I’m Feeling a Little Thirsty . . . and That’s Good!
As I think about my life with Jesus, I really long for a satisfying, vital, genuine relationship. I do not want a theoretical relationship; I don’t want an ethical system based on the teachings of Jesus. I want life with him. I want genuine intimacy with someone.
But at times I just don’t feel it. I don’t taste the richness of life with him. It doesn’t “seem real.” I wonder if I am merely deluding myself. I think about whether masses of Christians are just telling themselves this “happy tale” and trying to embrace something that is not real.
But I do catch glimpses. Like the aroma of sweet rolls or the smell of bacon that wafts through the house as breakfast is being prepared. Although you might not be enjoying the meal yet, those whiffs tantalize and arouse hunger. The smells are connected to something real, yet to be fully enjoyed.
Thinking about living in this having-tasted-but-not-fully-enjoying place, I’ve been wondering about how to press on. What will help me get out of the spiritual doldrums and continue on the journey of living for and loving the great treasure that Jesus is?
Jesus helps me think through this. I recall his words.
Now on the last day, the great day of the feast, Jesus stood and cried out, saying, “If anyone is thirsty, let him come to me and drink. He who believes in me, as the Scripture said, ‘From his innermost being will flow rivers of living water.’” (John 7:37-38)
During one of the feasts of Israel, when Jesus was in the temple in Jerusalem, he called out to the people who were there. They must have been there because they had some longing after God. They were, after all, in the temple for the feast. But they all needed more. As do I.
What I long for is that flow of “rivers of living water.” I want a well-irrigated soul. I long for the flood of rich spiritual reality to carry me along. I do not want to merely plod through my days. I want to know the refreshing presence of the Spirit and the dynamic reality of God’s manifest life pressing through my own life.
Jesus’ words point me to a way forward. I don’t want to reduce it to a formula, but there does seem to be a progression in what he says.
If anyone is thirsty . . .
Let him come to me . . .
Let him . . . drink . . .
And out of his innermost being will flow rivers of living water.
For me to experience this rich life of flowing rivers of life-giving water, I will have to drink. How do I drink of someone? The metaphor seems to be that of embracing, welcoming, enjoying, taking in. Like taking long draws from a cold glass of clear water on a hot day, I drink of Jesus by settling in for long, intentional, focused attention on him.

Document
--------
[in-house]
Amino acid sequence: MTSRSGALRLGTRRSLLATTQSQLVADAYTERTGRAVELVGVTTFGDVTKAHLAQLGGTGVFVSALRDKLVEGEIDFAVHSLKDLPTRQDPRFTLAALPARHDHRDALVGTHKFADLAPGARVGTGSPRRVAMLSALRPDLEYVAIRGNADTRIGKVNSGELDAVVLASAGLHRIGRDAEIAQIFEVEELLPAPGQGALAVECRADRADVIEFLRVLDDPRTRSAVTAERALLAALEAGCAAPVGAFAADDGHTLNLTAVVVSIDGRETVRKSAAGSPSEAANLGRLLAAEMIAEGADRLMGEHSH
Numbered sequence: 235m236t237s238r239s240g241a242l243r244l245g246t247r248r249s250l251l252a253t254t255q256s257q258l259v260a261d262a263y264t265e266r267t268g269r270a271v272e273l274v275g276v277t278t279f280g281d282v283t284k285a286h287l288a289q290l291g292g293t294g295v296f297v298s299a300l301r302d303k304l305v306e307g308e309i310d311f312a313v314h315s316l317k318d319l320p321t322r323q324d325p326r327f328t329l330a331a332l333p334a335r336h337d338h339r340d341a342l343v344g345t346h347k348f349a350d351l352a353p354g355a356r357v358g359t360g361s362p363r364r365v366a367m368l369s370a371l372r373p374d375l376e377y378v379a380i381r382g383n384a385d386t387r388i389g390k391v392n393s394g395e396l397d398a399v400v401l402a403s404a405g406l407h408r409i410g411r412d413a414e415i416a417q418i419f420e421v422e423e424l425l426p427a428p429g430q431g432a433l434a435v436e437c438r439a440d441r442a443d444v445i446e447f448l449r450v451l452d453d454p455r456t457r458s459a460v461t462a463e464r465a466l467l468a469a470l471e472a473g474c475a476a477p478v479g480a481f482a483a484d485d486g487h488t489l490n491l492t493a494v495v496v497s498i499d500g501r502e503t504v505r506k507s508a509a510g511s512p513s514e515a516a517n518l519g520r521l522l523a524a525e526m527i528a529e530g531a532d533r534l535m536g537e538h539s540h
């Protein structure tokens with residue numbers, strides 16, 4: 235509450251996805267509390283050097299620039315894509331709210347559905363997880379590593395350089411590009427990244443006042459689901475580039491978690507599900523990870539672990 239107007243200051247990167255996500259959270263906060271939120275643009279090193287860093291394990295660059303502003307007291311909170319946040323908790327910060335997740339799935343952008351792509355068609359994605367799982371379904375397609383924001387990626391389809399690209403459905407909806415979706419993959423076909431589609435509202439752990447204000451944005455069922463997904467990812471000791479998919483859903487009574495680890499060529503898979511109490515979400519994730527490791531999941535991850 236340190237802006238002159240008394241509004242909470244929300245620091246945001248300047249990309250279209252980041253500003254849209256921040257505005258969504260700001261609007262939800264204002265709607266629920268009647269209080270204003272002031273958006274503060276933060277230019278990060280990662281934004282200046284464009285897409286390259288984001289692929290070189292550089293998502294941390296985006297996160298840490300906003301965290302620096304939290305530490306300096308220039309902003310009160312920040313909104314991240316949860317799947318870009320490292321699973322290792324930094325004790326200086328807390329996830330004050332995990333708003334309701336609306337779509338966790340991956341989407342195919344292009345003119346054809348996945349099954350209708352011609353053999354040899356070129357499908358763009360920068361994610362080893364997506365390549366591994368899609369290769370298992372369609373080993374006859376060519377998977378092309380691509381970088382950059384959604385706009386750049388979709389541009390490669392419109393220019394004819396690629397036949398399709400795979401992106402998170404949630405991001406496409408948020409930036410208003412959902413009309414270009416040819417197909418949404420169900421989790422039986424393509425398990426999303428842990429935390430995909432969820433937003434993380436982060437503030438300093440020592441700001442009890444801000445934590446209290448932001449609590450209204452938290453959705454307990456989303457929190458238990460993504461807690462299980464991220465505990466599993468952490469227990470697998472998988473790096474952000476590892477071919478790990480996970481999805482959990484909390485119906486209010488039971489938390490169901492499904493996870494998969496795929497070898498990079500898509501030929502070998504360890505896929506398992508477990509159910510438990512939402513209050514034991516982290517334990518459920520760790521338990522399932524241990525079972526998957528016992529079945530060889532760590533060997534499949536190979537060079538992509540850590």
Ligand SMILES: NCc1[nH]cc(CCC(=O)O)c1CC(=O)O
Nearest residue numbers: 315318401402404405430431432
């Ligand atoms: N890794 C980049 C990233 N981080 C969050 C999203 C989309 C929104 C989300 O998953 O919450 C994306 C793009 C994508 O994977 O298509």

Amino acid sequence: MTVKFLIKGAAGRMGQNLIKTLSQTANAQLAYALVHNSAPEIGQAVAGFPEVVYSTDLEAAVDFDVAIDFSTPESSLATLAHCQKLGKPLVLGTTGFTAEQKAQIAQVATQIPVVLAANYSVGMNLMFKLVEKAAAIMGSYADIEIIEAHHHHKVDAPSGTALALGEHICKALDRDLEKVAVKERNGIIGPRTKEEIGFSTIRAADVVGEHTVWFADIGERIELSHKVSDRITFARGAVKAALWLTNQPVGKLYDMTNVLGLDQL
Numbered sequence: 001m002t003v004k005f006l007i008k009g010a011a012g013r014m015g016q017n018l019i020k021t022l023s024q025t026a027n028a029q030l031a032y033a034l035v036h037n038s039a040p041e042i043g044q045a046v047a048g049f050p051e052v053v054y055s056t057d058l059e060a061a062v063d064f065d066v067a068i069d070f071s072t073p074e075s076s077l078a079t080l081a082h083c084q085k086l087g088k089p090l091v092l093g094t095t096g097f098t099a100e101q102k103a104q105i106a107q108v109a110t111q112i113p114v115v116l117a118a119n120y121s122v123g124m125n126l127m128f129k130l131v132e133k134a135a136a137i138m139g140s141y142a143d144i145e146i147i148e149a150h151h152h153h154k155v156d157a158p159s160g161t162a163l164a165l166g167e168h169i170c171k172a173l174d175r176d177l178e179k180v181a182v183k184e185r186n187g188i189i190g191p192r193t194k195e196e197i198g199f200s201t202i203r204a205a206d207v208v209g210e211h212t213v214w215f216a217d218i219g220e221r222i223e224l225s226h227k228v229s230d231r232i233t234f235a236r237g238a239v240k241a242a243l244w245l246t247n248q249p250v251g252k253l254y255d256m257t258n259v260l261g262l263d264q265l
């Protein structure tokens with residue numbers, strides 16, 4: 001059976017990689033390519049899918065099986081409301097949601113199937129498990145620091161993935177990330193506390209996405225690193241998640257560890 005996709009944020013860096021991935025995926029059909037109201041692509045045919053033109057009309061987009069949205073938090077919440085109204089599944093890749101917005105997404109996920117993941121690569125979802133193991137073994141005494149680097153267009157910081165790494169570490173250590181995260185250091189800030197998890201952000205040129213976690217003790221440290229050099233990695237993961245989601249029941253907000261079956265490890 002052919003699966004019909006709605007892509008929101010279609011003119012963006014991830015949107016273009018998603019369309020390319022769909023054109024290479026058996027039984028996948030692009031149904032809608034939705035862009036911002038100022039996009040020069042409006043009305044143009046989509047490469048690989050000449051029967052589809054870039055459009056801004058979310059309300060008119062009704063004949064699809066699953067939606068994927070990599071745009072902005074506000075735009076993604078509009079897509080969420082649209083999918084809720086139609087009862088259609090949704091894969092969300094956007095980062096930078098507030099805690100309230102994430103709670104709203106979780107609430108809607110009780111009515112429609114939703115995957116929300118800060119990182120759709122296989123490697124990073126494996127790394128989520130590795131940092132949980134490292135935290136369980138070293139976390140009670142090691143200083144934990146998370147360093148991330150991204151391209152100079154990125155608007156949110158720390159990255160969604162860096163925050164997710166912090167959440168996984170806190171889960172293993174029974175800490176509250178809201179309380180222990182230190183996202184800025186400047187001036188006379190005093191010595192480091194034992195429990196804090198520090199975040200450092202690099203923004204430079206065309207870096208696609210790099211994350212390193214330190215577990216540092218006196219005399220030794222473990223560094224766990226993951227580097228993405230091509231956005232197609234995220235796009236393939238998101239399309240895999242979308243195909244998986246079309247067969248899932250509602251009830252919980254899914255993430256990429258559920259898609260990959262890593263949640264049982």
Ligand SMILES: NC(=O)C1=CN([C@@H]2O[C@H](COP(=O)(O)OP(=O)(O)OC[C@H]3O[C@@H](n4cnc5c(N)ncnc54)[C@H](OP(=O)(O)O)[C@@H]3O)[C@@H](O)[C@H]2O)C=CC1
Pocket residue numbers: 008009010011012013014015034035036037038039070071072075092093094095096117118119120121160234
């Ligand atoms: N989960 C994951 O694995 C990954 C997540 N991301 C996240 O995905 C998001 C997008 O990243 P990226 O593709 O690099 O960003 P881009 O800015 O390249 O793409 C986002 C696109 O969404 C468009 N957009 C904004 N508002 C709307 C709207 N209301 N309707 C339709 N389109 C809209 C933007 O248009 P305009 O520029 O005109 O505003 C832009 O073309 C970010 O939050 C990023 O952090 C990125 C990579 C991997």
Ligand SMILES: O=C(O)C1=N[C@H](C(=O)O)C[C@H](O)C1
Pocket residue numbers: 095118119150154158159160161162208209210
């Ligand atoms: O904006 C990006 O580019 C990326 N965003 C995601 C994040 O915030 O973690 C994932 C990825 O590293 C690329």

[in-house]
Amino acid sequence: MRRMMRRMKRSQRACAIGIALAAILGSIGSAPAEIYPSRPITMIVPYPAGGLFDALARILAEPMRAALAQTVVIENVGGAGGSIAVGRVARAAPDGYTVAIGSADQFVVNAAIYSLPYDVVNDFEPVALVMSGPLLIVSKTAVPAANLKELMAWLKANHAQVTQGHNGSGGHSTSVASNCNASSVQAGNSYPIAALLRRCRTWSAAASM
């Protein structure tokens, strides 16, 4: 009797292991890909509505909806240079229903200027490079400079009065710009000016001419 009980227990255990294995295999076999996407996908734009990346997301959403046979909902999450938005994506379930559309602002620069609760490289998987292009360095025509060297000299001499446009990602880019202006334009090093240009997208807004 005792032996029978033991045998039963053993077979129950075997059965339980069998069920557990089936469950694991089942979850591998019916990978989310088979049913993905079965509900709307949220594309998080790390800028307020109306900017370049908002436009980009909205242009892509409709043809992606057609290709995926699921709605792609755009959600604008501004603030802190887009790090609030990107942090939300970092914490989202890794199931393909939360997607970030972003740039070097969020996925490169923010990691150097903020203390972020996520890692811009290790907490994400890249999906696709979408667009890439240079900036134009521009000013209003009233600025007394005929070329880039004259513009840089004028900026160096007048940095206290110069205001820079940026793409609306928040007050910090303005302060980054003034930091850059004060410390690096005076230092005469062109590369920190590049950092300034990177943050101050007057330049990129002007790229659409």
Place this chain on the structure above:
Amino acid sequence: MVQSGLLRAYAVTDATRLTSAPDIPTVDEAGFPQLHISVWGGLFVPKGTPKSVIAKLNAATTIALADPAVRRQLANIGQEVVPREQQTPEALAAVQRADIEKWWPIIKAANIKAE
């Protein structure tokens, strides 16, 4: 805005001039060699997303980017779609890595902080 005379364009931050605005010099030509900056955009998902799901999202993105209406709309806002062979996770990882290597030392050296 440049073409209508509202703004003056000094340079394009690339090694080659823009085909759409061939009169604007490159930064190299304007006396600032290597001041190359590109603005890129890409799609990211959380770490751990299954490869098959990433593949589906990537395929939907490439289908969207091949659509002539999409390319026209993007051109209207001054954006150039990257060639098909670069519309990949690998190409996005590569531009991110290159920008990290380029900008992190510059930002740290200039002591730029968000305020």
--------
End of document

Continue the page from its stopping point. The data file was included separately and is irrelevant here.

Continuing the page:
For me to drink of Jesus, I will have to come to him. How do I come to him? He is not physically present in the same way he was when he spoke these words in the temple. But the truth is still true. I come to him by turning to him, by giving attention to his words, by lifting my voice to him in prayer and praise, by looking to him with the eyes of my soul.
For me to come to Jesus, all I need is the desperation of thirst. How do I cultivate such thirst? It seems to me that one of the obstacles to this life of flowing rivers of living water is that when I first begin to feel soul thirst I quickly try to stifle or quench the thirst with weak substitutes for living water. I distract myself from the thirst. I self-medicate with superficial pleasures that dull the sense of my soul to the reality of my ever-increasing thirstiness.
The television. The internet. Getting lost in work. Getting consumed by busy-ness. A fleeting flirt. A protracted affair. Certain foods. A vacation . . . or two or three. Shopping. Pornography. A drink . . . or two . . . or more.
I do all kinds of things to mask the disquiet in my soul. I distract myself from the thirst.
Not feeling the thirst, I do not draw near to Jesus. Not drawing near to Jesus, I do not drink deeply. Not drinking deeply of Jesus, I do not experience rivers of living water.
Today I am feeling a little thirsty. And that is good. I want to give into that thirst. I want it to grow. I want to become desperate to have my thirst quenched. And then I will go–I will go to Jesus and not substitutes. I’m starting to sip; I intend to drink deeply.
In the distance I can hear the roar of the rapids. There are rivers. Living water. The floods are coming. I’m feeling a little thirsty . . . and that is good.